If you're coming across as bored in interviews, it will be obvious to the hiring manager or recruiter. For example, you may be indicating that you just want any job or that you intend to use this role as a stepping stone. Employers want to hire people who want to work for them, so this could be impeding your job search.
What you should be doing: First of all, you should only be applying for jobs that you actually want, even if they're not your end goal. You should also make an effort to be enthusiastic in every interview, whether it's in person or over the phone. Ask plenty of questions, especially about topics that relate to the conversation you've been having with your interviewers. This shows that you've been paying attention and are engaged. Be sure to send thank you notes and include details about what you discussed, too.
Just out of college? It's probably not time to be applying for an executive role at a marketing firm. On the flip side, if you have years of experience under your belt, a prospective employer will wonder why you're applying for an entry-level role for which you're probably overqualified. It could indicate that you're desperate to be hired and don't care where you work or what you do, which will raise some eyebrows.
What you should be doing: You need to make sure you're well-suited to the role in question. While the years of experience listed in a job ad aren't necessarily set in stone, you can use this as a starting point to gauge how evenly matched you are with the position. Read the requirements to assess how qualified you are. You should be well-versed in the skills needed, but you should aim for something that challenges you, too. For example, if every duty overlaps with your current role, it could be a sign that you're overqualified, but if you've never had to handle many of the responsibilities listed, you may need to aim for a more junior position.
A survey conducted in conjunction with LinkedIn found that 85% of positions are filled because of networking. If you're only relying on completing job applications, no matter how diligent you're being, you're missing out if you're not leveraging your network. Remember that many positions aren't even listed (exact estimates of how many or what percentage vary), so there are probably plenty of opportunities you won't even find unless you network.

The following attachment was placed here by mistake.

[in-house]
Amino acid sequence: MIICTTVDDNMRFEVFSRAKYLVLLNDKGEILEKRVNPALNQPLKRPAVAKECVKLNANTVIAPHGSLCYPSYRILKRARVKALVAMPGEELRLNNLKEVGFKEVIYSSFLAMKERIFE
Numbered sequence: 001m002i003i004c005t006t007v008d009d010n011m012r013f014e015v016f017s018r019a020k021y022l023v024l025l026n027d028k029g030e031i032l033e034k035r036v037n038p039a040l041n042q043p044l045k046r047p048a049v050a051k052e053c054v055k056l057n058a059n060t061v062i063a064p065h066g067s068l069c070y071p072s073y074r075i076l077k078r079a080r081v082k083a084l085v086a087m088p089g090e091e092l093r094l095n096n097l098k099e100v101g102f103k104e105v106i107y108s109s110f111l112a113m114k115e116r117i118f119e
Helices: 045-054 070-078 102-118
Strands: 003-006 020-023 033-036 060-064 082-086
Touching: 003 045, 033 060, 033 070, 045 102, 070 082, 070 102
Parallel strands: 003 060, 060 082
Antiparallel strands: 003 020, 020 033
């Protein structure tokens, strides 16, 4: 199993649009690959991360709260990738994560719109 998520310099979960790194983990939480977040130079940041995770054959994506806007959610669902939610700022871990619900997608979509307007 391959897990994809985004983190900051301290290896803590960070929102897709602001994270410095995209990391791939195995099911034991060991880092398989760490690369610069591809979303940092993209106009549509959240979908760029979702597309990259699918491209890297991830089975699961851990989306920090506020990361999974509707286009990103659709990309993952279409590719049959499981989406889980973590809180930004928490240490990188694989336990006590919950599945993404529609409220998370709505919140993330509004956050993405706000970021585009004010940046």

What you should be doing: The obvious solution is to network, network, network! Tell everyone you know that you're looking and the type of role you want. Look on LinkedIn for connections who work for employers who interest you or have connections that do. Attend industry meetups and events. You need to get the word out, and you never know who might know someone who can connect you to your dream job.
This article reflects the views of the author and not necessarily those of Fairygodboss.
Laura Berlinsky-Schine is a freelance editor and writer based in Brooklyn with her demigod/lab-mix Hercules. She primarily focuses on education, technology and career development. She has worked with Penguin Random House, Fairygodboss, CollegeVine, BairesDev and many other publications and organizations. Her humor writing has appeared in the Weekly Humorist, Slackjaw, Little Old Lady Comedy, Flexx Magazine, Points in Case, Jane Austen's Wastebasket, and Greener Pastures. She also writes fiction and essays, which have appeared in publications including The Memoirist and The Avalon Literary Review. View her work and get in touch at: www.lauraberlinskyschine.com.